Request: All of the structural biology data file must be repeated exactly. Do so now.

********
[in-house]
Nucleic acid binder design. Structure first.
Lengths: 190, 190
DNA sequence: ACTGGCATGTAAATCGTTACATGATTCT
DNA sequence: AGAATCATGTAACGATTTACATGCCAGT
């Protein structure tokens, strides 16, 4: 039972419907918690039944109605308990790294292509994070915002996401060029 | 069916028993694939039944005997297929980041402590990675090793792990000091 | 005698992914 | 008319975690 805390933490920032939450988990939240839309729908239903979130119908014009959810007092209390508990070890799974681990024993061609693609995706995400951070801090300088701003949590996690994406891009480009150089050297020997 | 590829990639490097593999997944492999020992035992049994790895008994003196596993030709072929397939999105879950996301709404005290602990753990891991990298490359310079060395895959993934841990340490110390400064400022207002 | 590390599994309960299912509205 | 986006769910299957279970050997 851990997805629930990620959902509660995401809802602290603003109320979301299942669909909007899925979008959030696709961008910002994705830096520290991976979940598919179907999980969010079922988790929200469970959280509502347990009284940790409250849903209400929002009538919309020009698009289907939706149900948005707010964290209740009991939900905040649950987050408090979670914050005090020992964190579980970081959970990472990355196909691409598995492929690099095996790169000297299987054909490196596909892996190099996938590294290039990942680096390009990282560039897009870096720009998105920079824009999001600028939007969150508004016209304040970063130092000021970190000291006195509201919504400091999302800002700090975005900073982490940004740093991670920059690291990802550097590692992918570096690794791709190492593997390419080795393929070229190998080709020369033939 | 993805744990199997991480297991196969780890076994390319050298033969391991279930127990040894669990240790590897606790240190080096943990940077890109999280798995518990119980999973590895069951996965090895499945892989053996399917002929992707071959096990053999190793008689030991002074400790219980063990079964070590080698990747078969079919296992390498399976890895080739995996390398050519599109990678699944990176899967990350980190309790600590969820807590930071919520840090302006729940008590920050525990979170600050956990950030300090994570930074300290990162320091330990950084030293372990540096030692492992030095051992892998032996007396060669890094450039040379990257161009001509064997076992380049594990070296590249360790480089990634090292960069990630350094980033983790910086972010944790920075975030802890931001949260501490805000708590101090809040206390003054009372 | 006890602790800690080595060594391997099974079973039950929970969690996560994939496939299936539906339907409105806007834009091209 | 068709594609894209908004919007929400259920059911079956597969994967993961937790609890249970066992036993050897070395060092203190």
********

[in-house]
Nucleic acid binder design. Structure first.
Lengths: 190, 190
DNA sequence: ACTGGCATGTAAATCGTTACATGATTCT
DNA sequence: AGAATCATGTAACGATTTACATGCCAGT
């Protein structure tokens, strides 16, 4: 039972419907918690039944109605308990790294292509994070915002996401060029 | 069916028993694939039944005997297929980041402590990675090793792990000091 | 005698992914 | 008319975690 805390933490920032939450988990939240839309729908239903979130119908014009959810007092209390508990070890799974681990024993061609693609995706995400951070801090300088701003949590996690994406891009480009150089050297020997 | 590829990639490097593999997944492999020992035992049994790895008994003196596993030709072929397939999105879950996301709404005290602990753990891991990298490359310079060395895959993934841990340490110390400064400022207002 | 590390599994309960299912509205 | 986006769910299957279970050997 851990997805629930990620959902509660995401809802602290603003109320979301299942669909909007899925979008959030696709961008910002994705830096520290991976979940598919179907999980969010079922988790929200469970959280509502347990009284940790409250849903209400929002009538919309020009698009289907939706149900948005707010964290209740009991939900905040649950987050408090979670914050005090020992964190579980970081959970990472990355196909691409598995492929690099095996790169000297299987054909490196596909892996190099996938590294290039990942680096390009990282560039897009870096720009998105920079824009999001600028939007969150508004016209304040970063130092000021970190000291006195509201919504400091999302800002700090975005900073982490940004740093991670920059690291990802550097590692992918570096690794791709190492593997390419080795393929070229190998080709020369033939 | 993805744990199997991480297991196969780890076994390319050298033969391991279930127990040894669990240790590897606790240190080096943990940077890109999280798995518990119980999973590895069951996965090895499945892989053996399917002929992707071959096990053999190793008689030991002074400790219980063990079964070590080698990747078969079919296992390498399976890895080739995996390398050519599109990678699944990176899967990350980190309790600590969820807590930071919520840090302006729940008590920050525990979170600050956990950030300090994570930074300290990162320091330990950084030293372990540096030692492992030095051992892998032996007396060669890094450039040379990257161009001509064997076992380049594990070296590249360790480089990634090292960069990630350094980033983790910086972010944790920075975030802890931001949260501490805000708590101090809040206390003054009372 | 006890602790800690080595060594391997099974079973039950929970969690996560994939496939299936539906339907409105806007834009091209 | 068709594609894209908004919007929400259920059911079956597969994967993961937790609890249970066992036993050897070395060092203190």